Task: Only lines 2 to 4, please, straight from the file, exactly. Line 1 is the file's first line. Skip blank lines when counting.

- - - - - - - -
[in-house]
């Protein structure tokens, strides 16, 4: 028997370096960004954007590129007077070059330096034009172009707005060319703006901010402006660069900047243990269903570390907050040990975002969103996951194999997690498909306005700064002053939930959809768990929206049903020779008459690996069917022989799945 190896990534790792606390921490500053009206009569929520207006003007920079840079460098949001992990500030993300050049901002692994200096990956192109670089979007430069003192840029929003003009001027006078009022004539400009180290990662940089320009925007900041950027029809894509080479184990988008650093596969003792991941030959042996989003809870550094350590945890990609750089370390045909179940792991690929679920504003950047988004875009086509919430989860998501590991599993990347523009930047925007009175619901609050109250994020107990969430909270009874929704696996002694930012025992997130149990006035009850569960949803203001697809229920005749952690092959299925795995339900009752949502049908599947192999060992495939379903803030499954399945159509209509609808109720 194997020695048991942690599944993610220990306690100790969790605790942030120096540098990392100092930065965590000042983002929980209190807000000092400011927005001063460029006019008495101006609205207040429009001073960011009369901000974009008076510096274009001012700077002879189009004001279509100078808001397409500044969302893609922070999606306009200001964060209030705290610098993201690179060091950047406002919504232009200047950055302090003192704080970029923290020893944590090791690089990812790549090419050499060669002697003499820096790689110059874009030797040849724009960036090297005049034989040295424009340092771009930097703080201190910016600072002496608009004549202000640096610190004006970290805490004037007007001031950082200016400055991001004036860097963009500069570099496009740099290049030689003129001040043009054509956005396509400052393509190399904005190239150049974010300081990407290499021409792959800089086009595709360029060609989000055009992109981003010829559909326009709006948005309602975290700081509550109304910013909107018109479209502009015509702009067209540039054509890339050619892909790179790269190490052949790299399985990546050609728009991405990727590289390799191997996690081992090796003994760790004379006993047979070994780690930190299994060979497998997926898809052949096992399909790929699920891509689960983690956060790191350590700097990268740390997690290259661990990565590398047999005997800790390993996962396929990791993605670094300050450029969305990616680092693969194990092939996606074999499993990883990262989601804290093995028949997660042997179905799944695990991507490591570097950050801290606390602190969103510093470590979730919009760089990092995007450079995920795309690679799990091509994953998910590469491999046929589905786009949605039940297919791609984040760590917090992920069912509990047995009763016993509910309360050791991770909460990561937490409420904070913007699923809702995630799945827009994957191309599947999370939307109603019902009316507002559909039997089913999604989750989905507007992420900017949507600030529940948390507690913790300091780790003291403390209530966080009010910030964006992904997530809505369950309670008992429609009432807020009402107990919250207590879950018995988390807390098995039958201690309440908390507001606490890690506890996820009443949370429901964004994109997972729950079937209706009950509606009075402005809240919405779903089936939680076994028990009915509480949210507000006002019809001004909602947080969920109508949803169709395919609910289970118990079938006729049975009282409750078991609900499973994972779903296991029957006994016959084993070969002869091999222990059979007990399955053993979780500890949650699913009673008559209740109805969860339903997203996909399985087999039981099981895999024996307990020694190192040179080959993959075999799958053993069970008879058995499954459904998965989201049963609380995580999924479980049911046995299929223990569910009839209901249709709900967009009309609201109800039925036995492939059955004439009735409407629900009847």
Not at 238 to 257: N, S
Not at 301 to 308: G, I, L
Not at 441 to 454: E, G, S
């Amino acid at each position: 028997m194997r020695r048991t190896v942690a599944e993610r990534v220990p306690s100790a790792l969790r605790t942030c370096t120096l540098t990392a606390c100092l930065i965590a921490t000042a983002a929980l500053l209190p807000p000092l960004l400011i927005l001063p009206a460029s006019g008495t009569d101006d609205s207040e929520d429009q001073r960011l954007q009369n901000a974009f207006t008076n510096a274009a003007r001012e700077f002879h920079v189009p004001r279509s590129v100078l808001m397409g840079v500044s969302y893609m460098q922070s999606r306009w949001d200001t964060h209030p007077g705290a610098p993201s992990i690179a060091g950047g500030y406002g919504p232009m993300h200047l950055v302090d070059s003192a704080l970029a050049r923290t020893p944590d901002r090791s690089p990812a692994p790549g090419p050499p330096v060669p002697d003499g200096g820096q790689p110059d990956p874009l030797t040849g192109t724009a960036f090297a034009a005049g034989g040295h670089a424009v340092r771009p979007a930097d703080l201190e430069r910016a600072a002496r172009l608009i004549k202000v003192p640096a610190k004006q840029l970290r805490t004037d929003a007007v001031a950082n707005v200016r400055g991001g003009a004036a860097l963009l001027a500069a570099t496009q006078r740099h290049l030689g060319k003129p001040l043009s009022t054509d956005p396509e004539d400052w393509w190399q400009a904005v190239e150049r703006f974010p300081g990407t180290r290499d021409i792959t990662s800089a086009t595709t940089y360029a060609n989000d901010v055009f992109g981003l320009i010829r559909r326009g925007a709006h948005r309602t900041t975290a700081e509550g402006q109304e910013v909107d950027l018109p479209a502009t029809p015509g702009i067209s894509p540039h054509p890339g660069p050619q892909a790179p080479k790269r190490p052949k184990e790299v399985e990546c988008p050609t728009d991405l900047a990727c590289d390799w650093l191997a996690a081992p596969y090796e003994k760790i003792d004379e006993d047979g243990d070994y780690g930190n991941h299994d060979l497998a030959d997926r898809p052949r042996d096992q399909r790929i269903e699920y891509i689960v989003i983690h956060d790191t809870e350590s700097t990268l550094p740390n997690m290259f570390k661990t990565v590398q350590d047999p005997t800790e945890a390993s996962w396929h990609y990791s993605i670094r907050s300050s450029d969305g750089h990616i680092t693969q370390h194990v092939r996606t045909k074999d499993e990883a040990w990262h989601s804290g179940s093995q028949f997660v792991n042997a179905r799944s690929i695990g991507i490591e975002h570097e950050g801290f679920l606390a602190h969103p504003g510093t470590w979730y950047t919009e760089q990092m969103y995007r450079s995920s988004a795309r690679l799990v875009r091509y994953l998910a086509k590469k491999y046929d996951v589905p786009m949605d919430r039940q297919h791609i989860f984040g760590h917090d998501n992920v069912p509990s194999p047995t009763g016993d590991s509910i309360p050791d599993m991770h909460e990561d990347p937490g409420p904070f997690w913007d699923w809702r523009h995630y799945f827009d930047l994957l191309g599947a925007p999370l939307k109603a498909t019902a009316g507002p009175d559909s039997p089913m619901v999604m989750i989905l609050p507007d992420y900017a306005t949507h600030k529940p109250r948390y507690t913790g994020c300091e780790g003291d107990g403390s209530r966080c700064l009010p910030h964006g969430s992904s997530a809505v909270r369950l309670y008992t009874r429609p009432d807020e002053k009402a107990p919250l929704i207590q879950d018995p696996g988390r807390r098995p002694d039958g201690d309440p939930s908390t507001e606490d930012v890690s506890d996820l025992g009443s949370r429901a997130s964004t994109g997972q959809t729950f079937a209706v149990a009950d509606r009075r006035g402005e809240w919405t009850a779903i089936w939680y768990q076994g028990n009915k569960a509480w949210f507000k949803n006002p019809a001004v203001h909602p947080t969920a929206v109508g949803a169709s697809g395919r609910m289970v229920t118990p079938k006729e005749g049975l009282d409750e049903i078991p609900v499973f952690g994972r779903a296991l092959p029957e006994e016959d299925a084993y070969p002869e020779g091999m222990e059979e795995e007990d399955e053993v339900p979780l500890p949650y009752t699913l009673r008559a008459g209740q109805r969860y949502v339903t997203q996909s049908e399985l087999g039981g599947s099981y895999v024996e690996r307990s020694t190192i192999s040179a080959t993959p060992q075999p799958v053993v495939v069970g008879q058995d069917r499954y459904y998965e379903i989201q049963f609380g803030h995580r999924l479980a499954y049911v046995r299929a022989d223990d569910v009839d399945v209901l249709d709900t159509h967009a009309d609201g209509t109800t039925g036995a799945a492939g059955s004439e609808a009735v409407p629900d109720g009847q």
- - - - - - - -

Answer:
């Protein structure tokens, strides 16, 4: 028997370096960004954007590129007077070059330096034009172009707005060319703006901010402006660069900047243990269903570390907050040990975002969103996951194999997690498909306005700064002053939930959809768990929206049903020779008459690996069917022989799945 190896990534790792606390921490500053009206009569929520207006003007920079840079460098949001992990500030993300050049901002692994200096990956192109670089979007430069003192840029929003003009001027006078009022004539400009180290990662940089320009925007900041950027029809894509080479184990988008650093596969003792991941030959042996989003809870550094350590945890990609750089370390045909179940792991690929679920504003950047988004875009086509919430989860998501590991599993990347523009930047925007009175619901609050109250994020107990969430909270009874929704696996002694930012025992997130149990006035009850569960949803203001697809229920005749952690092959299925795995339900009752949502049908599947192999060992495939379903803030499954399945159509209509609808109720 194997020695048991942690599944993610220990306690100790969790605790942030120096540098990392100092930065965590000042983002929980209190807000000092400011927005001063460029006019008495101006609205207040429009001073960011009369901000974009008076510096274009001012700077002879189009004001279509100078808001397409500044969302893609922070999606306009200001964060209030705290610098993201690179060091950047406002919504232009200047950055302090003192704080970029923290020893944590090791690089990812790549090419050499060669002697003499820096790689110059874009030797040849724009960036090297005049034989040295424009340092771009930097703080201190910016600072002496608009004549202000640096610190004006970290805490004037007007001031950082200016400055991001004036860097963009500069570099496009740099290049030689003129001040043009054509956005396509400052393509190399904005190239150049974010300081990407290499021409792959800089086009595709360029060609989000055009992109981003010829559909326009709006948005309602975290700081509550109304910013909107018109479209502009015509702009067209540039054509890339050619892909790179790269190490052949790299399985990546050609728009991405990727590289390799191997996690081992090796003994760790004379006993047979070994780690930190299994060979497998997926898809052949096992399909790929699920891509689960983690956060790191350590700097990268740390997690290259661990990565590398047999005997800790390993996962396929990791993605670094300050450029969305990616680092693969194990092939996606074999499993990883990262989601804290093995028949997660042997179905799944695990991507490591570097950050801290606390602190969103510093470590979730919009760089990092995007450079995920795309690679799990091509994953998910590469491999046929589905786009949605039940297919791609984040760590917090992920069912509990047995009763016993509910309360050791991770909460990561937490409420904070913007699923809702995630799945827009994957191309599947999370939307109603019902009316507002559909039997089913999604989750989905507007992420900017949507600030529940948390507690913790300091780790003291403390209530966080009010910030964006992904997530809505369950309670008992429609009432807020009402107990919250207590879950018995988390807390098995039958201690309440908390507001606490890690506890996820009443949370429901964004994109997972729950079937209706009950509606009075402005809240919405779903089936939680076994028990009915509480949210507000006002019809001004909602947080969920109508949803169709395919609910289970118990079938006729049975009282409750078991609900499973994972779903296991029957006994016959084993070969002869091999222990059979007990399955053993979780500890949650699913009673008559209740109805969860339903997203996909399985087999039981099981895999024996307990020694190192040179080959993959075999799958053993069970008879058995499954459904998965989201049963609380995580999924479980049911046995299929223990569910009839209901249709709900967009009309609201109800039925036995492939059955004439009735409407629900009847």
Not at 238 to 257: N, S
Not at 301 to 308: G, I, L